Memory Loss: Don’t Wait ‘Til You Got It

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Gray Easterling
Gray Easterling

I recently was required to take an online course alerting me to signs that my senior clients could be suffering from early stages of dementia or Alzheimer’s disease. An article from Fiduciary Trust Company outlined steps to take in a proactive sense to deal with such possibilities. Any action you might consider as a result of reading the following comments should be thoroughly discussed with your attorney, tax and financial advisors. Initially, let us agree that it is not unusual for us to have moments when we do not remember every detail, and normal aging does not necessarily include serious mental decline. However, dementia is more than that, including a decline in memory along with a decrease in general thinking capabilities and ability to function in the everyday environment. Alzheimer’s is the most common form of dementia, but not the only one. Alzheimer’s affects an estimated 11% of those over 65, and one-third of those over age 85. When working with a family member or friend that is afflicted, there are certain steps that need to be taken. First, you must recognize the condition. Dementia progression can be broken down into three stages: mild, moderate and advanced cognitive impairment. The first stage—mild—may include a decreasing ability to remember new information, to include handling of finances and remembering names. At this stage, an individual maintains legal capacity and can set out plans for future care.

 

In the moderate stage, a person may need a caregiver for assistance and becomes more withdrawn, with the capacity to make legal decisions questionable. In the advanced stage, one may be bedridden or wheelchair dependent, struggling with speech and personality changes.

 

In the ideal situation, a family will begin planning while the afflicted family member can be included in the process. Among the topics discussed can be who the caregivers will be and where the care will be received. If a family member is to be the initial caregiver, should compensation be involved? Also, when do responsibilities shift from the family to a professional caregiver? This is important and all family members should be aware of the physical and emotional strain of being a primary caregiver. A related concern is care for the spouse of the patient; living arrangements, financial support, if necessary, and remaining part of a community of caring, loving friends. One other consideration is funding the care. The cost is significant and not covered by Medicare after 100 days in a nursing home.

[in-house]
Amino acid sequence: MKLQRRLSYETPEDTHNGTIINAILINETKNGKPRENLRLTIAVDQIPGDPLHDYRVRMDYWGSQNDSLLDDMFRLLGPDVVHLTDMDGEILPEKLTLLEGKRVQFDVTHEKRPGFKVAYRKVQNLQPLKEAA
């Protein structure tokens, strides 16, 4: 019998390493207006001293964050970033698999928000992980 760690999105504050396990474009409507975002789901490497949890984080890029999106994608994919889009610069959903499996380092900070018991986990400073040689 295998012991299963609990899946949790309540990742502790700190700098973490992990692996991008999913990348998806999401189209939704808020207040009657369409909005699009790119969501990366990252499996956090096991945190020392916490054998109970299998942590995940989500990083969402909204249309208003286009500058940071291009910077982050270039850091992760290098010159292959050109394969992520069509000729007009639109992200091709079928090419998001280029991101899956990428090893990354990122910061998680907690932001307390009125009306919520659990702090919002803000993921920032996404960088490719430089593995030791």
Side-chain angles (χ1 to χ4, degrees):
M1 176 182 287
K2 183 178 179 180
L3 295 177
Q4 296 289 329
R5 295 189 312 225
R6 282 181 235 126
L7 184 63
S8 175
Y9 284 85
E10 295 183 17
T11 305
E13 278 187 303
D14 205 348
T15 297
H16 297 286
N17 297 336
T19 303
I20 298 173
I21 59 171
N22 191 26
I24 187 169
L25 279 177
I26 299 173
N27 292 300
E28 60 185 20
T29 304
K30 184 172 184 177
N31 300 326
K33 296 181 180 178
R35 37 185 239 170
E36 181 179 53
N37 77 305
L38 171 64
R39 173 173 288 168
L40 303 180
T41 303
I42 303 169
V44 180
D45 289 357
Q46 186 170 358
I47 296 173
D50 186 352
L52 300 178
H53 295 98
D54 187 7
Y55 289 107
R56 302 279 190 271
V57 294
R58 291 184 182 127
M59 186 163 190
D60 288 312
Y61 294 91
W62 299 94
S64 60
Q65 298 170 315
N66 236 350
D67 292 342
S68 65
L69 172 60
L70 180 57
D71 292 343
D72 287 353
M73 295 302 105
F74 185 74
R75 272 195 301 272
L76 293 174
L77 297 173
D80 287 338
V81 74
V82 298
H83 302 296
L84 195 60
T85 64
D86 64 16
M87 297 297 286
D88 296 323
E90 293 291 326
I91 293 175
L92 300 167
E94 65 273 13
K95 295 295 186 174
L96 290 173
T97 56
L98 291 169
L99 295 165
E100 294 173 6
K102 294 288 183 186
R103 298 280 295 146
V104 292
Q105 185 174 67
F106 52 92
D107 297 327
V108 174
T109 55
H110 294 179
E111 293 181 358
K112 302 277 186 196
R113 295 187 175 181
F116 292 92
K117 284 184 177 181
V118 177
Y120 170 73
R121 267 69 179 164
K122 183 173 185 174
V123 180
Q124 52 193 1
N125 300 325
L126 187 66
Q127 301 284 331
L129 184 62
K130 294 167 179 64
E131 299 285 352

Gathering an inventory of assets, liabilities, insurance policies, income sources, key contacts and digital assets is especially important. This would include checking and savings accounts, investment assets, business interests, recurring bills, names of bankers, attorneys, tax and financial advisors, doctors and other key contacts. With this info, you will have some idea of the assets available to fund future care. Also, estate planning documents should be reviewed with an eye toward future loss of legal capacity. Basic documents may include a health care proxy, HIPAA authorization, a durable power of attorney and a will. All these may require that an attorney be engaged, so ask for referrals from trusted advisors. Also, include a review of named beneficiaries on insurance policies and retirement plans, especially if there has been a divorce. Perhaps a plan for the funeral could be on the agenda because it is easy to forget a final farewell.

 

It is important to realize that the preparation suggested above is based on a team approach. We will need the support of family, friends and trusted, competent advisors to guide us through the process. Even more important, we will need the touch of God in our work. The “Pilgrim’s Hymn” provides guidance: “Even before we call on Your name to ask You, O God, when we seek for the words to glorify You, You hear our prayer. Unceasing love, O unceasing love surpassing all we know, Glory to the Father, and to the Son, and to the Holy Spirit. Even with darkness sealing us in, we breathe your name, and through all the days that follow so fast, we trust in You; endless Your Grace, O endless Your Grace, beyond all mortal dream. Both now and forever, and unto all ages and ages, Amen.” From Psalm 66: “Blessed be God, who has not rejected my prayer, nor withheld his love from me.”

 

Although this information has been gathered from sources believed to be reliable, it cannot be guaranteed.  This material is intended for informational purposes only and should not be construed or acted upon as individualized tax, legal or investment advice.  FSC Securities Corporation does not offer tax or legal advice.  The views expressed are not necessarily the opinion of FSC Securities Corporation.  Financial Solutions Group is a marketing name.  Financial Solutions Group is located at 128 Versailles Blvd, Alexandria, Louisiana 71301.  We can be reached at (318) 448-3201. Securities, insurance and advisory services offered through FSC Securities Corporation, member FINRA/SIPC.